« Ch. XIV. Q. 86. The Image and Likeness | Main | Ch. XIV. Q. 88. Man's Primitive State »

August 12, 2005

Ch. XIV. Q. 87. Religion

A RELIGION, speaking in the concrete, is a working system whereby the relations and obligations by which men are bound to God are placed on a proper footing, cherished, expressed and fulfilled.1

2. The end for which man was created is to enjoy divine communion and fellowship.2 He is therefore made incapable of self-realization apart from God, and is by nature religious. The employment of God by creatures depends upon a crtain spiritual congeniality between them and God—i. e., upon their development after His likeness. The supernatural privilege's of true religion condition, and minister to, this development; and religious obligations are determinative data of a sound and adequate moral science.3

3. But, although righteousness is essential in the practice of true religion, as also are certain exercises of feeling and intelligence, neither orthodoxy, feeling of dependence nor morality constitute the definitive element of religion. This is found in the relations between God and man with which religion has to do.4

4. The characteristic and abiding function of religion is worship; and this is primarily fulfilled by sacrifice, or by the offering up to God of some gift, whereby self-oblation and accompanying devotions of adoration, praise, thanksgiving and prayer are signified and made effectual in a manner divinely approved.5

5. A true religion is one which brings men into authentic relations with God, and exhibits these relations in a manner which conforms to His revealed will. Other religions no doubt preserve important truths, forr they couid not otherwise maintain themselves and they are unquestionably overruled by God as means whereby to prepare men for true religion. But the religion of Jesus Christ alone properly fulfils the requirements of true religion.6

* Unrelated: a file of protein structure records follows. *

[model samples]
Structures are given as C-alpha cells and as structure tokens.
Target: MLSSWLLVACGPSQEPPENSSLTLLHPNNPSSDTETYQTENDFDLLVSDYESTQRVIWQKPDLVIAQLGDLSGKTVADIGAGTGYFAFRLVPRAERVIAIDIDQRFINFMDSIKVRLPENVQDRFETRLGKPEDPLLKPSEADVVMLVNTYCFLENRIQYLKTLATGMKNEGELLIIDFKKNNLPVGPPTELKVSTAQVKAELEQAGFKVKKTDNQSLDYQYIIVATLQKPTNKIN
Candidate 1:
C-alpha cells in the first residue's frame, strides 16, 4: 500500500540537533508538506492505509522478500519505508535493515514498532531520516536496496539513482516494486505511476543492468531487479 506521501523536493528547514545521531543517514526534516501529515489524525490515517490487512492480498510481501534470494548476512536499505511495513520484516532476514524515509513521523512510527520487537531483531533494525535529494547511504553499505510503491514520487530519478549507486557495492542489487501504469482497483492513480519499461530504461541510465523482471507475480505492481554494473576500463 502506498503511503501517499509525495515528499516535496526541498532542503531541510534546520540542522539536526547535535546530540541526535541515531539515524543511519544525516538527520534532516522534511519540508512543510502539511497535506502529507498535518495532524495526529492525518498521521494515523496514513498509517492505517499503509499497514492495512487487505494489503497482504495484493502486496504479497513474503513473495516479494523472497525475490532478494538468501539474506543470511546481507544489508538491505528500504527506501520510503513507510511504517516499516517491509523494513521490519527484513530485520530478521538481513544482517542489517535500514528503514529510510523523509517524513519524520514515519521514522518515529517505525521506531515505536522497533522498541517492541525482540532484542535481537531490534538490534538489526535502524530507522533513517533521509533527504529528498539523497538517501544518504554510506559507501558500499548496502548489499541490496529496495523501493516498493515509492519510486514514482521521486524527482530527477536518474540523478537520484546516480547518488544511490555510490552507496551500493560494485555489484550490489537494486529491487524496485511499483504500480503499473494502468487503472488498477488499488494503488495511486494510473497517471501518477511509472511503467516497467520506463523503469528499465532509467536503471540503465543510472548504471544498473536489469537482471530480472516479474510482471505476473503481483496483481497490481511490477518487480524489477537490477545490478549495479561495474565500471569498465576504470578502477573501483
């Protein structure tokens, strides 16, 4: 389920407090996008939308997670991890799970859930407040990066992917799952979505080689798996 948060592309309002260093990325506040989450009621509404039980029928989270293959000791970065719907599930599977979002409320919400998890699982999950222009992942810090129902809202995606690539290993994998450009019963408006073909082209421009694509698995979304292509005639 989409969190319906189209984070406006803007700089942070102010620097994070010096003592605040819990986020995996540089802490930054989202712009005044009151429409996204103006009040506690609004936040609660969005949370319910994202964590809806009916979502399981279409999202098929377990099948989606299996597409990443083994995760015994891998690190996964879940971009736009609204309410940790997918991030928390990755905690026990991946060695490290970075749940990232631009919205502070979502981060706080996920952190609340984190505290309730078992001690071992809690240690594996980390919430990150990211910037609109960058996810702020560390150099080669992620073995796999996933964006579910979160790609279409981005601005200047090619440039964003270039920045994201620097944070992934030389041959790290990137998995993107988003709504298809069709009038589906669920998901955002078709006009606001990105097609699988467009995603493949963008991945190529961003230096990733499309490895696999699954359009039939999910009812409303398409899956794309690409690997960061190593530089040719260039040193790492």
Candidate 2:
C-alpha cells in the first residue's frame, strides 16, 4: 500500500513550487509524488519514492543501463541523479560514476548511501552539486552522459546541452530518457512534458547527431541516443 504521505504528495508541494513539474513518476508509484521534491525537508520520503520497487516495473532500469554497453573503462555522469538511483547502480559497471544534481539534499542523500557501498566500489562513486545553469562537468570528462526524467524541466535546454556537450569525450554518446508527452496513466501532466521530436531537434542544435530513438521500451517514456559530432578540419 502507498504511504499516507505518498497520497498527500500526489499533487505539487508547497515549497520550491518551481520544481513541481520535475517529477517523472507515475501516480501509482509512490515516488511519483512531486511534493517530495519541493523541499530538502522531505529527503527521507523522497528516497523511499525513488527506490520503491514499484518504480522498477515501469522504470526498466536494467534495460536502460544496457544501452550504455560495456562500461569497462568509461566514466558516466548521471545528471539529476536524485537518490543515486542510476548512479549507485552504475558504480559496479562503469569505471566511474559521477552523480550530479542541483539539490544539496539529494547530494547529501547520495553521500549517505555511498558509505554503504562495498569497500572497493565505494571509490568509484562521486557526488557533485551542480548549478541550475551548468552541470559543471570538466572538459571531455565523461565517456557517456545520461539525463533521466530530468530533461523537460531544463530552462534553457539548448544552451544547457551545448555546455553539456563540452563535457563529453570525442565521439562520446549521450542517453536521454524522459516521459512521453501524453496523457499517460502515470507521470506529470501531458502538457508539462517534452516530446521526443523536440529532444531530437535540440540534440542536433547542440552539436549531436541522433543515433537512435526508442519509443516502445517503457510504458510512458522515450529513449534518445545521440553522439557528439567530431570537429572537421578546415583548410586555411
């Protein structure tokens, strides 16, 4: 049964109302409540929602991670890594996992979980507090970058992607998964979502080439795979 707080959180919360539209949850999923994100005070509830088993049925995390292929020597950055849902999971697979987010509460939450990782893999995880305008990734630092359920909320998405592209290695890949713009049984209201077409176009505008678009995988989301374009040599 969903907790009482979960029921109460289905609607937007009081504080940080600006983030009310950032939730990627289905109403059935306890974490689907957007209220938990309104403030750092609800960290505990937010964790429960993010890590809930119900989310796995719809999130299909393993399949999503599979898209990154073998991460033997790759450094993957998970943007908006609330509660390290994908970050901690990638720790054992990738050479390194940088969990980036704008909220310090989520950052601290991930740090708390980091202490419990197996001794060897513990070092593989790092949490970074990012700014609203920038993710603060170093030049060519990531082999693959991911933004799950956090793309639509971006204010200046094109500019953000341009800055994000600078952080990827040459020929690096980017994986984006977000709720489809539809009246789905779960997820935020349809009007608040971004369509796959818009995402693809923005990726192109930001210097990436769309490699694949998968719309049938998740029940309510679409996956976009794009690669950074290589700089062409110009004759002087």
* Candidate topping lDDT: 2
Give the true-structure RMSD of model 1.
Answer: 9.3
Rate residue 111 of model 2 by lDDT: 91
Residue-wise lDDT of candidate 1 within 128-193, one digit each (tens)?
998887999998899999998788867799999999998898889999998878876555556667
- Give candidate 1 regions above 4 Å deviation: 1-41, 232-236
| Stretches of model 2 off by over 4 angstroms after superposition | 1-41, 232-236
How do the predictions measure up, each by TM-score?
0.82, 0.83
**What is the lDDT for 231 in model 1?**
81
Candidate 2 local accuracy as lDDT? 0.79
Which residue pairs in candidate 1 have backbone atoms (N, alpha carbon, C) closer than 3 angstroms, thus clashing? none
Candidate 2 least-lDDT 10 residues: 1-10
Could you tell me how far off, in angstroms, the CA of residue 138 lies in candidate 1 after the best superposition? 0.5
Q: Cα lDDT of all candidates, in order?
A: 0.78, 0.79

6. The science of comparative religion analyzes and compares all religions. Its study is both legitimate and valuable for Christian students.7 But the assumption often made that Christianity is merely one among other religions, having no higher claim to human allegiance than its comparative superiority as an embodiment of human progress, is not one which the truth of Christian doctrine permits us to accept.

1 On what religion is, Creation, ch. vii. 1; H.P. Liddon, Some Elements, Lec. i; Max Müller, Origin of Religion, pp. 10 et seq.

2 Creation, ch. vi. 9.

3 Idem, ch. vii. 6.

4 H.P. Liddon, as cited.

5 St. Thomas, II. II. lxxxiii-lxxxvii; Thos. B. Strong, Manual of Theol., pp.18-20; Cath. Encyc., s. v. "Sacrifice"; J.A. Macculloch, Compar. Theol., ch. viii; F.B. Jevons, Introd. to the Study of Compar. Religion, pp. 175-210.

6 Creation ch. vii. 4; J.H. Newman, Arians, ch. i. § iii.5; F.B. Jevons, pp. 239-265.

7 On comparative religion, L.H. Jordan, Compar. Religion; Chas. Hardwick, Christ and Other Masters; A. Lang, The Making of Religion; J.A. Macculloch, op. cit.; F.B. Jevons, op. cit.; Cath. Encyc., s. v. "Religion"; Non Christian Religious Systems (Series, pub. by S.P.C.K.); and many contemporary studies.

Posted by AKMA at August 12, 2005 09:02 AM